On March 13, I witnessed our Florida Legislature take the first steps toward abridging the rights of perhaps the smallest of Florida minorities. This occurred at a committee hearing for the CS/SB 254 Treatments for Sex Reassignment (aka “Criminalizing Gender-Affirming Care”) bill.

As a registered voter, not registered to any party (Republican, Democrat or otherwise), I sincerely hoped our legislators would thoughtfully and seriously consider the ramifications of a bill that sought to curtail health care for mentally competent Florida residents.

I was very much mistaken. The Republican Party in the state of Florida, and perhaps the nation, is no longer the party of “small government.”

Regardless of what one may think regarding transgender issues, at the end of the day, we are all human beings. This includes transgender folks. “Freedom” doesn’t mean freedom for only the people I like, or who look, live, believe and think like me. It means we are all free to pursue life, liberty and happiness, except where one’s rights infringe upon another’s.

We respect our differences. That is democracy. That is what being an American is supposed to be. We are all worthy of these rights, enshrined in the U.S. Constitution, and in the preamble to the Florida Constitution.

I watched in disbelief as Florida Sen. Yarborough, who authored SB240, and the rest of the Republicans on the committee for this bill, save for one, ignored the public testimony of 100-plus human beings, many of whom were trans, or the parents of transgender children, or were simply proponents of holding all life sacred, including transgender life.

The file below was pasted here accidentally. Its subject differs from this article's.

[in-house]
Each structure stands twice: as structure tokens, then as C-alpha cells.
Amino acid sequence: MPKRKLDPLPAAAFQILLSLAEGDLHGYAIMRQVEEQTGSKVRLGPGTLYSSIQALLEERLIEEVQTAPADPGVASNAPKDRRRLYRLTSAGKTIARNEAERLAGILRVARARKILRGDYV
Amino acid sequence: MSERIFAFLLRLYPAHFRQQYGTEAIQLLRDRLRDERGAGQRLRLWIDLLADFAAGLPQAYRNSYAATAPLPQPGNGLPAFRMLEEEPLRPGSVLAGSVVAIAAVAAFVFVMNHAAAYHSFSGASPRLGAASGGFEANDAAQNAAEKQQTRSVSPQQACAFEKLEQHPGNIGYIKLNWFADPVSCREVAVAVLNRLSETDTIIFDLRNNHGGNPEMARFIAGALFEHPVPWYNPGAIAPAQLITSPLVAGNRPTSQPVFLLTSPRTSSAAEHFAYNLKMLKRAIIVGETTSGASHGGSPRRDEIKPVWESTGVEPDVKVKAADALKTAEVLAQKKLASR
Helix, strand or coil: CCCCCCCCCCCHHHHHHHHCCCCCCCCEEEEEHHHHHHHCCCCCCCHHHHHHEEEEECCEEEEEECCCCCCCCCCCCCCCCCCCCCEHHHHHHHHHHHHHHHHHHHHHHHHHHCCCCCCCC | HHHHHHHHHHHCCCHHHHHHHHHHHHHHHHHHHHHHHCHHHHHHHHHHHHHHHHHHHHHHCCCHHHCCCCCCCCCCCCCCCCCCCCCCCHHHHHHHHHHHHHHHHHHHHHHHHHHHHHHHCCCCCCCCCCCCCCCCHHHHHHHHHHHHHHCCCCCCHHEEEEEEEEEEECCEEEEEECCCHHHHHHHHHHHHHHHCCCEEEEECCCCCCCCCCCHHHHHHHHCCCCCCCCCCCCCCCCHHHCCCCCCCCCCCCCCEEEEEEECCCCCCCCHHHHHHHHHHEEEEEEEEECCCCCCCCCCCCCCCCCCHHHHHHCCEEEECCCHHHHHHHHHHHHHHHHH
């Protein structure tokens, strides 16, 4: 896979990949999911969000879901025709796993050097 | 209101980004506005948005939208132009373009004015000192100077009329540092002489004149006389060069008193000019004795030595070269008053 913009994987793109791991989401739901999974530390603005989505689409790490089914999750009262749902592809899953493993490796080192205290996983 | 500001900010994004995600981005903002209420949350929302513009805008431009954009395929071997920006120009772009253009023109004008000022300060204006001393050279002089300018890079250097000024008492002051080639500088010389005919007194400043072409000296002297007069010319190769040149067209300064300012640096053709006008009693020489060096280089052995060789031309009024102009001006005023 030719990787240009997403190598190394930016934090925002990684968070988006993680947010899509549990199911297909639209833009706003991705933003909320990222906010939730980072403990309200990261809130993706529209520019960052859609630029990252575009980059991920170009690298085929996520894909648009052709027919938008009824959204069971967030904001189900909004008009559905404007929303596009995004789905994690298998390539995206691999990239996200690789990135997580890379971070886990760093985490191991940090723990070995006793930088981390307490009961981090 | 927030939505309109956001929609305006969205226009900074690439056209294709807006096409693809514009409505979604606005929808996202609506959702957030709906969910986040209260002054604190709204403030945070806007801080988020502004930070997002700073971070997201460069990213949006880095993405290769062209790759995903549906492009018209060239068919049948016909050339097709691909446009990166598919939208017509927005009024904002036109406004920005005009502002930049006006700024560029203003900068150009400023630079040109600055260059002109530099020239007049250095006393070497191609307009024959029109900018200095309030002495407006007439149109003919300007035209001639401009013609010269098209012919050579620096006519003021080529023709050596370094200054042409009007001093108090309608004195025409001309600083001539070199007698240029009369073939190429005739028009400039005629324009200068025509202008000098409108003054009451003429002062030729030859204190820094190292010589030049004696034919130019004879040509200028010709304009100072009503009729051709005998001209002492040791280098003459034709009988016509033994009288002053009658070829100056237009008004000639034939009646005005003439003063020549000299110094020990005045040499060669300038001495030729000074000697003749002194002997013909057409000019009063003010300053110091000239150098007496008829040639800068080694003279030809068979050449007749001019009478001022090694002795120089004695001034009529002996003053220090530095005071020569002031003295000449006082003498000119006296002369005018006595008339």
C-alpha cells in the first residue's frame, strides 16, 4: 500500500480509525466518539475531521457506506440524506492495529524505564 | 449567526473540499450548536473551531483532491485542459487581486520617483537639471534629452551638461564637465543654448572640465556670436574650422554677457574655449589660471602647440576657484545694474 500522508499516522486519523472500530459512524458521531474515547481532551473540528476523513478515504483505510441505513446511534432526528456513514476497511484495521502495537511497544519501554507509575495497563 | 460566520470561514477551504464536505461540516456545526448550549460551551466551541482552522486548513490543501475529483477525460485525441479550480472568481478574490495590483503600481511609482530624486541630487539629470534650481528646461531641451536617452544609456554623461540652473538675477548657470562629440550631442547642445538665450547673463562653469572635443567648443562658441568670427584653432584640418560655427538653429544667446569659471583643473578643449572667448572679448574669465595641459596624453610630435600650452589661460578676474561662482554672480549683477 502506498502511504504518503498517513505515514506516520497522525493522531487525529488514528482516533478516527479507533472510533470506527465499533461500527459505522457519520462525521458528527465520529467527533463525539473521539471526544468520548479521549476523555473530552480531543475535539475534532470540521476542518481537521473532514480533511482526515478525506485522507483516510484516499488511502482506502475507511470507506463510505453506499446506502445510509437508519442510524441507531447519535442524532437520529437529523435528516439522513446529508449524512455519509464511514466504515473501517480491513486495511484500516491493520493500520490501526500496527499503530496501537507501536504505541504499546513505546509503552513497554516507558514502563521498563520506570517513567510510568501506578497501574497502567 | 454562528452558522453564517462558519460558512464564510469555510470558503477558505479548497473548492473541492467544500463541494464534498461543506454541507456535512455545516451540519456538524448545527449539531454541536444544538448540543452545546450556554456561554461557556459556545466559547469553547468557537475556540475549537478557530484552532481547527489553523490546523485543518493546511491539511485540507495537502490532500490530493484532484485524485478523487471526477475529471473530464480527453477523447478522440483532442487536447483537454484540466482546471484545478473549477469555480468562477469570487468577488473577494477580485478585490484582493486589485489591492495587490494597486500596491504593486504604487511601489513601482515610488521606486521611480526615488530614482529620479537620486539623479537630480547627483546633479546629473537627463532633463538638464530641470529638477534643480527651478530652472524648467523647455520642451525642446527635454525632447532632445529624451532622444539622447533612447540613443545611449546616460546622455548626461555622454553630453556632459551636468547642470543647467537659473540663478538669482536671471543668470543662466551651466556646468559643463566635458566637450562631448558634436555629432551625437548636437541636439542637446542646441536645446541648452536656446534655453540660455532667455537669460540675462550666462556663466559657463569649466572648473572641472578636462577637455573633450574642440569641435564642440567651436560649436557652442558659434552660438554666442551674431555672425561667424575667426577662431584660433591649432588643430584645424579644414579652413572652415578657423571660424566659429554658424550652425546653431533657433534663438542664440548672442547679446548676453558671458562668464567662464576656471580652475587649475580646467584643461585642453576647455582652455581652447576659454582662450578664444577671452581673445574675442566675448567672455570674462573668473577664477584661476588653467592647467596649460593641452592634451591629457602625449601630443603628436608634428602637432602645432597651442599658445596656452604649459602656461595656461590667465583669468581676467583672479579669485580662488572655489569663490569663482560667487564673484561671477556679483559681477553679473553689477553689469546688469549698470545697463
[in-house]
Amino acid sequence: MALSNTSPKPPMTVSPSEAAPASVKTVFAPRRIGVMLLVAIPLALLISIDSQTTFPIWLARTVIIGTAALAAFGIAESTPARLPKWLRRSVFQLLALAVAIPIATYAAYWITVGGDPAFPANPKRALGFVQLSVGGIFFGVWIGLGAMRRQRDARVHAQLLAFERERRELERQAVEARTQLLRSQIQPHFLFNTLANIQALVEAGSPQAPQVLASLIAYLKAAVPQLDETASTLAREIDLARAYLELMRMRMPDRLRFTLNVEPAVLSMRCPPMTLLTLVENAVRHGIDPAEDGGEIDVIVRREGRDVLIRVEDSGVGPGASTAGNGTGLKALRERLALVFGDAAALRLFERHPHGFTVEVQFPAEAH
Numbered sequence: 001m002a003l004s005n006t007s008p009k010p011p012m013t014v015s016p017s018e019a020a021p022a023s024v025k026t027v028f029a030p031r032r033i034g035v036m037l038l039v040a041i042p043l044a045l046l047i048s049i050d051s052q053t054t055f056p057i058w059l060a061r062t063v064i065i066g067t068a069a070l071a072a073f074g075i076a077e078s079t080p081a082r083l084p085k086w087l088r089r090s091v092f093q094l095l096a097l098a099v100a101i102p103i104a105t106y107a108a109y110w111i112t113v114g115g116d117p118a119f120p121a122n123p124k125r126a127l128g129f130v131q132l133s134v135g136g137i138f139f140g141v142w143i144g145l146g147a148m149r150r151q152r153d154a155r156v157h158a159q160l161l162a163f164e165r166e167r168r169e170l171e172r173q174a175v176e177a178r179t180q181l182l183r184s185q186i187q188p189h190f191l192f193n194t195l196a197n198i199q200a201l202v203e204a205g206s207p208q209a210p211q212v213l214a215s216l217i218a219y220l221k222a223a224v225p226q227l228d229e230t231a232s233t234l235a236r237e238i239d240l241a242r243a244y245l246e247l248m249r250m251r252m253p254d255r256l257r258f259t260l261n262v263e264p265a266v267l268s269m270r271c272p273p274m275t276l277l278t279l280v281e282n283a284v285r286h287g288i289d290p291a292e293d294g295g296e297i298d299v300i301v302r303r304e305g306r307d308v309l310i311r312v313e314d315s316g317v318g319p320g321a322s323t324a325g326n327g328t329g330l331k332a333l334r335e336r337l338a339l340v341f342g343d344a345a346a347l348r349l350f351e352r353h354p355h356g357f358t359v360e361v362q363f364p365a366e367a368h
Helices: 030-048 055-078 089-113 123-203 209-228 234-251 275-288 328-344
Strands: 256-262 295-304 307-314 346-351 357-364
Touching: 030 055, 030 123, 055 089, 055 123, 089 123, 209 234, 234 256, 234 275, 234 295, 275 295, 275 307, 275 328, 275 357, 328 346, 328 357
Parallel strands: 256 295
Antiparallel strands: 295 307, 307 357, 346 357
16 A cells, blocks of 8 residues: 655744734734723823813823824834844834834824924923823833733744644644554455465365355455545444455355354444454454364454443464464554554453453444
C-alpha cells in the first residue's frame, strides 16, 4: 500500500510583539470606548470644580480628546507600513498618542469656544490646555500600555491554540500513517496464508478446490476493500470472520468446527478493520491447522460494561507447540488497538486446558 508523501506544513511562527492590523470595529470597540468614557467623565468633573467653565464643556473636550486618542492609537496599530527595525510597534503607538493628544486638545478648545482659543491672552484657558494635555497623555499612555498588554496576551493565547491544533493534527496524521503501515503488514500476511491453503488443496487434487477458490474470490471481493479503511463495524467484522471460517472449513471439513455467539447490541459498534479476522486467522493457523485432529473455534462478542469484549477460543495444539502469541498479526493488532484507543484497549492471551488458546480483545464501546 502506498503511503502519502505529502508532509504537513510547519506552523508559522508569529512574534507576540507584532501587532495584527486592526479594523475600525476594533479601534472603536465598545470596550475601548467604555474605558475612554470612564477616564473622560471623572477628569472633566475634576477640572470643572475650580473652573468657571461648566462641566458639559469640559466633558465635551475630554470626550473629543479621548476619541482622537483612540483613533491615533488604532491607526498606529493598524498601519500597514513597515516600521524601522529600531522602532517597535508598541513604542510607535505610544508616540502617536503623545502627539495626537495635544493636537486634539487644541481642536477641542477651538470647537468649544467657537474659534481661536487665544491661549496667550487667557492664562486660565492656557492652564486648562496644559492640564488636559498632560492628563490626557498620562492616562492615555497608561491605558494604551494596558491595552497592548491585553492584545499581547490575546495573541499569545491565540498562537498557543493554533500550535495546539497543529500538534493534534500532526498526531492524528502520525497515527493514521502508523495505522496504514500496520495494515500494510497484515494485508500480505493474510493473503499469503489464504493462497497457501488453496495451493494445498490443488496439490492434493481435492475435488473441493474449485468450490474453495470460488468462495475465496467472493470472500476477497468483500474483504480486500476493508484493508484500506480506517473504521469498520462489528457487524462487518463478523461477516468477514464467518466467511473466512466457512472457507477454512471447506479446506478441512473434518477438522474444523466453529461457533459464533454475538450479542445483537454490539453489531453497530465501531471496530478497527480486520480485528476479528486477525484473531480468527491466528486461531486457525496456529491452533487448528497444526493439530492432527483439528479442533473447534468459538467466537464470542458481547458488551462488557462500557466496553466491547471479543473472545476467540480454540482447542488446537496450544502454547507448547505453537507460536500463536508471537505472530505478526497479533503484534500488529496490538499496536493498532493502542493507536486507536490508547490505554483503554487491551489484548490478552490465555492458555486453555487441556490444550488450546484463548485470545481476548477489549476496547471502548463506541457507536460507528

They ignored a pediatrician’s testimony, an American Pediatrics Association member, who testified about the 45 years’ worth of data that exists to guide physicians. These legislators ignored the correction made to Sen. Yarborough by a member of the public on the stance of the AACE (American Association of Clinical Endocrinology), clarifying that the AACE is 100 percent against the tenets of SB240.

Majority committee members ignored the mandate of the committee itself — which is to provide more access to health care for all Florida residents, as well as the usual precedent in cases of child custody, to do what is in the best interests of the child. In addition, public testimony was limited to 30 seconds per person.

When elected officials take office, I expect those officials to represent all constituents in their district. I expect officials to uphold the tenets of the U.S. Constitution as well as the Florida Constitution.

The underlying principle should be “country over party” or “human beings over party” or “truth over party.”

When officials, of any party (or people in general), blindly follow ideology and refuse to revise preconceptions, biases and their own ignorance — in the face of new, bona fide information — or seek to limit exposure to contrary or more-well-informed information, or when they consciously misrepresent expertise, tyranny flourishes.

— De Grave lives in DeLand.


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